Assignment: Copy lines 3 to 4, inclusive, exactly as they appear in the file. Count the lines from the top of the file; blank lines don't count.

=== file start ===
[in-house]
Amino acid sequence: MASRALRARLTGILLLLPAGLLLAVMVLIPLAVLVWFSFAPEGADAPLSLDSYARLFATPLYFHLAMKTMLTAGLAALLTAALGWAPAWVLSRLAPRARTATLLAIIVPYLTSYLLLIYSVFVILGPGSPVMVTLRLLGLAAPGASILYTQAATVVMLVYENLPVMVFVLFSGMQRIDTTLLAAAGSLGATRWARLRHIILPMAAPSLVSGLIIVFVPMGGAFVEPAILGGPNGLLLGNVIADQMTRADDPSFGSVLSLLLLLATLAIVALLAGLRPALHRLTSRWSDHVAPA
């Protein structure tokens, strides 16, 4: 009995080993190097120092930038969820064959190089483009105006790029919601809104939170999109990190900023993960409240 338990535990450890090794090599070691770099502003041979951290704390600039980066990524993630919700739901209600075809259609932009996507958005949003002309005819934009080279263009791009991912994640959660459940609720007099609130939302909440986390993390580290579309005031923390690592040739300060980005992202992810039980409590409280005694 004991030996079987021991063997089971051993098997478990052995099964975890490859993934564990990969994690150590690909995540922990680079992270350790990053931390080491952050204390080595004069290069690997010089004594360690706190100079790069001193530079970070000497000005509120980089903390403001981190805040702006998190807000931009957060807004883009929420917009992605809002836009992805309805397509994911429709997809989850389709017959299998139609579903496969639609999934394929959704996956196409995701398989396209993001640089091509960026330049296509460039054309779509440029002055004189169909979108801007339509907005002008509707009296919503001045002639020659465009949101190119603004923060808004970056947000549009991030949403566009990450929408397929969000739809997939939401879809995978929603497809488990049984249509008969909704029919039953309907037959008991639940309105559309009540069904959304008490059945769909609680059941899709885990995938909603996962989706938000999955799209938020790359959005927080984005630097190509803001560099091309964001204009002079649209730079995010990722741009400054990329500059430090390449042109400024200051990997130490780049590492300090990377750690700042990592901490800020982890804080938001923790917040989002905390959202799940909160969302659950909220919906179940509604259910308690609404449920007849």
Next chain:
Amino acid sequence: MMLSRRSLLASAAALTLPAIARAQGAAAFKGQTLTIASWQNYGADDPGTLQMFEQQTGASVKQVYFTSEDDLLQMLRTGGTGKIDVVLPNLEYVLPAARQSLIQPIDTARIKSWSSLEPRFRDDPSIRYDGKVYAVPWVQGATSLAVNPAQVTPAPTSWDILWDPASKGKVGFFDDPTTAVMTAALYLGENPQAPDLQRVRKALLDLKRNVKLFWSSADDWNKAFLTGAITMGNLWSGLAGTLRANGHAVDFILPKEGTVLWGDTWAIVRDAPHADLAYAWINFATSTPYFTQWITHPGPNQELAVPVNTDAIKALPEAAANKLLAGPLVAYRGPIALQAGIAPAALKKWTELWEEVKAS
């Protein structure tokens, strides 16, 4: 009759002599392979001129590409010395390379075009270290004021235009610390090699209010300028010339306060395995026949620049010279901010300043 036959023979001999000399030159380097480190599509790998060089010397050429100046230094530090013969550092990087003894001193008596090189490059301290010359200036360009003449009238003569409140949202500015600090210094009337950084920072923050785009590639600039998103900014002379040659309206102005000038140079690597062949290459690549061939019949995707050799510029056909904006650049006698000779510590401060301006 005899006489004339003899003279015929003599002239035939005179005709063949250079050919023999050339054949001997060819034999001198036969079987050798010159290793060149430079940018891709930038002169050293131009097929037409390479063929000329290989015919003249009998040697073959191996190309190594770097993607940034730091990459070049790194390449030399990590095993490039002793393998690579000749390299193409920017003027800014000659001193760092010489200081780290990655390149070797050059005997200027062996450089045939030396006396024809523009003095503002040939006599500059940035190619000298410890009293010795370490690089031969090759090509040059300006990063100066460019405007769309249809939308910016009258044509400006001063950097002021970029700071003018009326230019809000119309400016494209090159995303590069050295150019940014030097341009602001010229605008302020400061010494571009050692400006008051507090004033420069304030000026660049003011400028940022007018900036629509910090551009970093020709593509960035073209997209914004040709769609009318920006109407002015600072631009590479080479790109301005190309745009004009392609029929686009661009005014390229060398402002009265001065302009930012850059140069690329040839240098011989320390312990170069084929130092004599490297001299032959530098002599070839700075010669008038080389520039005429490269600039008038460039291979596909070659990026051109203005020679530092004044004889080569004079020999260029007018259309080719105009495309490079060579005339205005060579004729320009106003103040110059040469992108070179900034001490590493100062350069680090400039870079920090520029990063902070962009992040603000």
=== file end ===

């Protein structure tokens, strides 16, 4: 009995080993190097120092930038969820064959190089483009105006790029919601809104939170999109990190900023993960409240 338990535990450890090794090599070691770099502003041979951290704390600039980066990524993630919700739901209600075809259609932009996507958005949003002309005819934009080279263009791009991912994640959660459940609720007099609130939302909440986390993390580290579309005031923390690592040739300060980005992202992810039980409590409280005694 004991030996079987021991063997089971051993098997478990052995099964975890490859993934564990990969994690150590690909995540922990680079992270350790990053931390080491952050204390080595004069290069690997010089004594360690706190100079790069001193530079970070000497000005509120980089903390403001981190805040702006998190807000931009957060807004883009929420917009992605809002836009992805309805397509994911429709997809989850389709017959299998139609579903496969639609999934394929959704996956196409995701398989396209993001640089091509960026330049296509460039054309779509440029002055004189169909979108801007339509907005002008509707009296919503001045002639020659465009949101190119603004923060808004970056947000549009991030949403566009990450929408397929969000739809997939939401879809995978929603497809488990049984249509008969909704029919039953309907037959008991639940309105559309009540069904959304008490059945769909609680059941899709885990995938909603996962989706938000999955799209938020790359959005927080984005630097190509803001560099091309964001204009002079649209730079995010990722741009400054990329500059430090390449042109400024200051990997130490780049590492300090990377750690700042990592901490800020982890804080938001923790917040989002905390959202799940909160969302659950909220919906179940509604259910308690609404449920007849």
Next chain: